The Vallon Company claims to have more than 2,000 Minehound detectors currently in use in Afghanistan. They, along with the Gizmo, have become an invaluable item in finding IEDs and weapons caches before they can be used against ANA or ISAF forces.

The use of the Minehound and Gizmo detectors started with combat engineers and explosive ordnance disposal personnel, but they are now issued to non-EOD units such as Battle Company, 5-20 Infantry, to aid in the discovery of IEDs and weapons caches.

Since the onset of the Afghan War in 2001, homemade bombs have increasingly become the insurgent’s weapon of choice in Afghanistan and certainly their most effective weapon. Almost 60 percent of all coalition forces wounded or killed in Afghanistan since the start of the war in 2001 have been due to IEDs, according to a May 2011 report from the Joint Improvised Explosive Device Defeat Organization, a U.S. Department of Defense organization located in Washington D.C.

To complicate matters, insurgents in Afghanistan have been increasingly constructing IEDs to circumvent simple metal detectors. Some IEDs contain rudimentary materials such as wooden boards, foam rubber, and plastic containers. The finished product contains very little metal making it difficult for a traditional metal detector to pick up, but not for the Minehound with its ground penetrating radar.

SSgt. Anthony Shaw (left), 787th Ordnance Company, 3rd Ordnance Battalion, uses a VMR-2 MineHound to search for possible secondary improvised explosive devices following an earlier incident. The MineHound’s ground penetrating radar allows operators to locate IEDs that may otherwise not be found by the naked eye.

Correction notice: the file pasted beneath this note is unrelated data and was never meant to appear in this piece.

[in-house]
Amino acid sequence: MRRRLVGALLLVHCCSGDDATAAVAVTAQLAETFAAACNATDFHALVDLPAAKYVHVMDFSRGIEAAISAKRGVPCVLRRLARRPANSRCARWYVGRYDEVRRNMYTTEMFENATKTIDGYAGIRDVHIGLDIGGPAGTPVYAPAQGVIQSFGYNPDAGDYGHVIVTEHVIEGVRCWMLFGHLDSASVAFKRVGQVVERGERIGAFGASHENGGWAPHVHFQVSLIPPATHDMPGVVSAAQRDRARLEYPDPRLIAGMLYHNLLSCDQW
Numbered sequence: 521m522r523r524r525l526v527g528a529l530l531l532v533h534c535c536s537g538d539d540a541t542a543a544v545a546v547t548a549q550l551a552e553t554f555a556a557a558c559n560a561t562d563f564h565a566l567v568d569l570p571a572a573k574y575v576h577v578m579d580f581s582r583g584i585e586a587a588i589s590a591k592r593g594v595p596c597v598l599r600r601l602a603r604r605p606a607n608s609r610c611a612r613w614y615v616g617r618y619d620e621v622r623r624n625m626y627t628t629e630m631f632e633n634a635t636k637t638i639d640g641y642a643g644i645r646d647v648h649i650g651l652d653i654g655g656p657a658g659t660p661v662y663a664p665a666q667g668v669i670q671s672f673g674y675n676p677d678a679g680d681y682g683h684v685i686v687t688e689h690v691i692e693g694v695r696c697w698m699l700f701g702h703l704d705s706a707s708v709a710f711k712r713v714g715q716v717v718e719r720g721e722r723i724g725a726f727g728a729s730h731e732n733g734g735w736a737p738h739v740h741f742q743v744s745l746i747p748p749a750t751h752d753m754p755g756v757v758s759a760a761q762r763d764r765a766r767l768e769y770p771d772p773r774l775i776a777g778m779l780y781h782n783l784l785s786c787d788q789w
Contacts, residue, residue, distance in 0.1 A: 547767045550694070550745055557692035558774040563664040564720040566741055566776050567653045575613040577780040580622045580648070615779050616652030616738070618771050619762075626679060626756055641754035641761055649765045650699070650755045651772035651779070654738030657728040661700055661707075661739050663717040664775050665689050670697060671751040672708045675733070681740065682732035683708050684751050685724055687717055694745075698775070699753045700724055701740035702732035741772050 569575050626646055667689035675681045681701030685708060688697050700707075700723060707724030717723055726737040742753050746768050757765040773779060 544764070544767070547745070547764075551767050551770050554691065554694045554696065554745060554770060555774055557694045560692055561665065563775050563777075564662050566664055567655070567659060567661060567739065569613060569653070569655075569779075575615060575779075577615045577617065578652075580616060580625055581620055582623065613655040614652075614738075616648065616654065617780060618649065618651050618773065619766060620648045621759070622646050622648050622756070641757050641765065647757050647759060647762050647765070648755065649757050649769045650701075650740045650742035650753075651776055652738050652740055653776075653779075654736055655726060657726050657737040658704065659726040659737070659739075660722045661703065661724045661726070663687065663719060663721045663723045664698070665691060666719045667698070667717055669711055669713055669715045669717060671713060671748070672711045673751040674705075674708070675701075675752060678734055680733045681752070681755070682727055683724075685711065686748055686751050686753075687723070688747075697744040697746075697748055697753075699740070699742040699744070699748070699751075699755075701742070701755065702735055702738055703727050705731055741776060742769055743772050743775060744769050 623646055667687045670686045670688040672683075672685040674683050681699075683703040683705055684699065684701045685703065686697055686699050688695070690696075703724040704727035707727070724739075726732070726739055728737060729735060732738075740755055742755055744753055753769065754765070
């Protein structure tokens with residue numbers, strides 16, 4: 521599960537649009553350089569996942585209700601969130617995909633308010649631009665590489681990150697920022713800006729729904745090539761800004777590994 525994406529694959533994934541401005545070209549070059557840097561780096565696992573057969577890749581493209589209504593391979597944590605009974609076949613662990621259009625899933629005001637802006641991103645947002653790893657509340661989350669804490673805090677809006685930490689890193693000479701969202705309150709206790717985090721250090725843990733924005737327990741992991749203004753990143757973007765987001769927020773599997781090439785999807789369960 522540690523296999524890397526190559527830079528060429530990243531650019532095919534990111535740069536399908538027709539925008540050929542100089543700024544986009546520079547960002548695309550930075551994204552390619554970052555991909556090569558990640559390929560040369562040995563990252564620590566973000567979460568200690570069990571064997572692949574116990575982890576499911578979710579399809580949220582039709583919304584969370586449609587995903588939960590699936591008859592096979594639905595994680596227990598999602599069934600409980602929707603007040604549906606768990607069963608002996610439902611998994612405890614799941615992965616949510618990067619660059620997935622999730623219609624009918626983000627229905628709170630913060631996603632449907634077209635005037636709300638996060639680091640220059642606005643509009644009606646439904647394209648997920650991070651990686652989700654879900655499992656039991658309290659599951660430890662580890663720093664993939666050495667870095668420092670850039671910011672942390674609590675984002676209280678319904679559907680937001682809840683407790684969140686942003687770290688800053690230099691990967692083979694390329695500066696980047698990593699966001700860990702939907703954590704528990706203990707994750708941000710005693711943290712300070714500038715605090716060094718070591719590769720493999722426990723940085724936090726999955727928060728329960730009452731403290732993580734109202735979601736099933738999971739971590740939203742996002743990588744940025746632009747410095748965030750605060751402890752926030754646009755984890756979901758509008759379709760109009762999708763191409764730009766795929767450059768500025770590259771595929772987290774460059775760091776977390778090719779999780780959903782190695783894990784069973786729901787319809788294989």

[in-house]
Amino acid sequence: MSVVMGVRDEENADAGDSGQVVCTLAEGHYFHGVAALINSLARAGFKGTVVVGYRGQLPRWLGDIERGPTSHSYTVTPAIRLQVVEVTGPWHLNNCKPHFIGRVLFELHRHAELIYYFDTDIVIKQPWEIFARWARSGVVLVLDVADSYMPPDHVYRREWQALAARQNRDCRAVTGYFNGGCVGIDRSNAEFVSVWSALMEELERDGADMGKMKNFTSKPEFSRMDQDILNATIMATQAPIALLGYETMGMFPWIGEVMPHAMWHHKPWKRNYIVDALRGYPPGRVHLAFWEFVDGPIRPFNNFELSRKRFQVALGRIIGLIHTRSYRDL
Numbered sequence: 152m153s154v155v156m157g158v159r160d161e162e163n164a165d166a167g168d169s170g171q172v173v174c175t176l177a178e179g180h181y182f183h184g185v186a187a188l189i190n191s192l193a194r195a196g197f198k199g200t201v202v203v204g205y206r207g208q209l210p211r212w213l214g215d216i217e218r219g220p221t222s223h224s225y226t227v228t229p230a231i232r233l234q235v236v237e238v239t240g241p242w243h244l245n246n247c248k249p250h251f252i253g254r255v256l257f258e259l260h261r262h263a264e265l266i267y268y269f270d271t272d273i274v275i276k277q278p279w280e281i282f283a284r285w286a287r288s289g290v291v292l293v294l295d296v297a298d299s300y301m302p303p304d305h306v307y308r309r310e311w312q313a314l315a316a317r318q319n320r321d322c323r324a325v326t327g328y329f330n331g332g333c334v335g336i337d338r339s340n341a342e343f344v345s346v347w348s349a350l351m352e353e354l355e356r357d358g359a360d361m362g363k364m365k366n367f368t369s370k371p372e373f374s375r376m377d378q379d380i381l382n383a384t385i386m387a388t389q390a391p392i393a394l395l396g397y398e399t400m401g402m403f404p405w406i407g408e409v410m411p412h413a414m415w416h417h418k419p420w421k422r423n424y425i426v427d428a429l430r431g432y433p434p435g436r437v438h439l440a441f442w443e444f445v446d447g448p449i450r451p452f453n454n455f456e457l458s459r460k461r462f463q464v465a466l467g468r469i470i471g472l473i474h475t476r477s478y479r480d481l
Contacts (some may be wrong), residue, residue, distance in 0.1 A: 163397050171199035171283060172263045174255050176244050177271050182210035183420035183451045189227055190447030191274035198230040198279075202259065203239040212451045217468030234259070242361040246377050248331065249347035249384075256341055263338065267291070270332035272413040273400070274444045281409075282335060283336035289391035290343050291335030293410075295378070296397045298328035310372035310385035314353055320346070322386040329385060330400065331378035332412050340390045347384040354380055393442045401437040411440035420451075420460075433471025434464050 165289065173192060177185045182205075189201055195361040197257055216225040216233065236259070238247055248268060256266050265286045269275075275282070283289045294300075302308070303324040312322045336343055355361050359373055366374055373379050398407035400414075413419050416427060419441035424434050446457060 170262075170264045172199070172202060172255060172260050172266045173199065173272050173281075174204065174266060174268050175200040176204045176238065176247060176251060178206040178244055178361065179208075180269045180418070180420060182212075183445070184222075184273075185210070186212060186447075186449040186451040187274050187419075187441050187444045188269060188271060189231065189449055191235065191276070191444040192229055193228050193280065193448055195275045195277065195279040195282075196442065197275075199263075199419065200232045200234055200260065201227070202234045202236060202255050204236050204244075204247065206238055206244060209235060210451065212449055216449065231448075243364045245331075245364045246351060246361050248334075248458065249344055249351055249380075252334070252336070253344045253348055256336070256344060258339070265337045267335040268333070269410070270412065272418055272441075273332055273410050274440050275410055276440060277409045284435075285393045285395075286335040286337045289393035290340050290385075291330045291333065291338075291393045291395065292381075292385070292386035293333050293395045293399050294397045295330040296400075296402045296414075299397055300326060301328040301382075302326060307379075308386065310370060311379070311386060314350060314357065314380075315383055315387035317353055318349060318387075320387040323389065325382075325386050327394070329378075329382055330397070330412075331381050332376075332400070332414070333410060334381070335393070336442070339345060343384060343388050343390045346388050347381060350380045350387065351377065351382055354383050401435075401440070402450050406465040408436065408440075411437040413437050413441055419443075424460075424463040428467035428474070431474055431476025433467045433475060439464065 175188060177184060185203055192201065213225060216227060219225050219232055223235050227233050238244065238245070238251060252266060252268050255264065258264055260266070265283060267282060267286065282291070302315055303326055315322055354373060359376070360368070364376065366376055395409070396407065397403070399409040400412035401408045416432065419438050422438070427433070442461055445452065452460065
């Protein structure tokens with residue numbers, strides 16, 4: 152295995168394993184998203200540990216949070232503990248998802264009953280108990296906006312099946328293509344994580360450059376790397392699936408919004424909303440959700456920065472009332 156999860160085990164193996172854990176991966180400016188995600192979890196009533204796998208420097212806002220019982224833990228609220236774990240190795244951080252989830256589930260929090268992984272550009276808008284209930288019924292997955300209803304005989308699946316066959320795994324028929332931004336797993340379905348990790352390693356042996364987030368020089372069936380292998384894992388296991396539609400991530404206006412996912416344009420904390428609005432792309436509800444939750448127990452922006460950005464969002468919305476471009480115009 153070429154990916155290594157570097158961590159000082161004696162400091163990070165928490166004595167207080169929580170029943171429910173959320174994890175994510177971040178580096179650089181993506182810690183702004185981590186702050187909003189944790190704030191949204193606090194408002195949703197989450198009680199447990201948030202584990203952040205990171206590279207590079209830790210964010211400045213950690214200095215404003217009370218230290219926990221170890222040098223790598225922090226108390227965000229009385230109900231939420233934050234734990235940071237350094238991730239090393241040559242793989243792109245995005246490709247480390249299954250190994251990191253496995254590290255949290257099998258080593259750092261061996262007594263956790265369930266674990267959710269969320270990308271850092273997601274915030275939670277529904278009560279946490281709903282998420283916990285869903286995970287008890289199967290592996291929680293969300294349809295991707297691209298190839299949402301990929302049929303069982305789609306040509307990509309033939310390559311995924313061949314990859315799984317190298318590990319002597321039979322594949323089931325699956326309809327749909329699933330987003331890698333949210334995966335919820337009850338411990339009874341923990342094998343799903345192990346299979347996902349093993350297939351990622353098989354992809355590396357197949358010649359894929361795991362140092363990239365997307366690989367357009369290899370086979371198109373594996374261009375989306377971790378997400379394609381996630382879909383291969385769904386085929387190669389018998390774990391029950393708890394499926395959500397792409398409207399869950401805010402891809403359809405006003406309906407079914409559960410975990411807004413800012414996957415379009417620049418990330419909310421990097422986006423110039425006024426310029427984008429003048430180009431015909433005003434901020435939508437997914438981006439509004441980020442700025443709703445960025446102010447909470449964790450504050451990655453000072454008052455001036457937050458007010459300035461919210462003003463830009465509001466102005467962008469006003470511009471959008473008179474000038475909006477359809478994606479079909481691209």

Increasingly compact, collapsible, light-weight metal detectors, such as the MineHound and Gizmo, are finding IEDs with more frequency than ever before, all of which has reduced the number of injuries or deaths to Afghan civilians, ANA and ISAF troops. In the hands of an infantry platoon, or similar-type unit, they are also being used to find weapons caches which often provide the insurgency with ample arms to fight for weeks or months.

“In the orchards (the Minehound and Gizmo are) good because that’s where they often hide the caches,” said Barajas. “So far we’ve found two caches with the Gizmo and Minehounds, and also with the ANA helping us out with their resources.”

Without doubt, improved technological devices such as the VMR-2 Minehound and VMC-1 Gizmo metal detectors are helping coalition troops across Afghanistan.

“It helps a lot when we’re in the orchards or going through the towns when we use the Gizmos and Minehounds because it also allows if something does get missed by sight it will pick it up,” said Williams. “That’s what makes the Gizmo and Mine Hound so important,” said Williams. “It helps make sure people are not being taken out of the fight … (that) you’re keeping them in,” said Williams.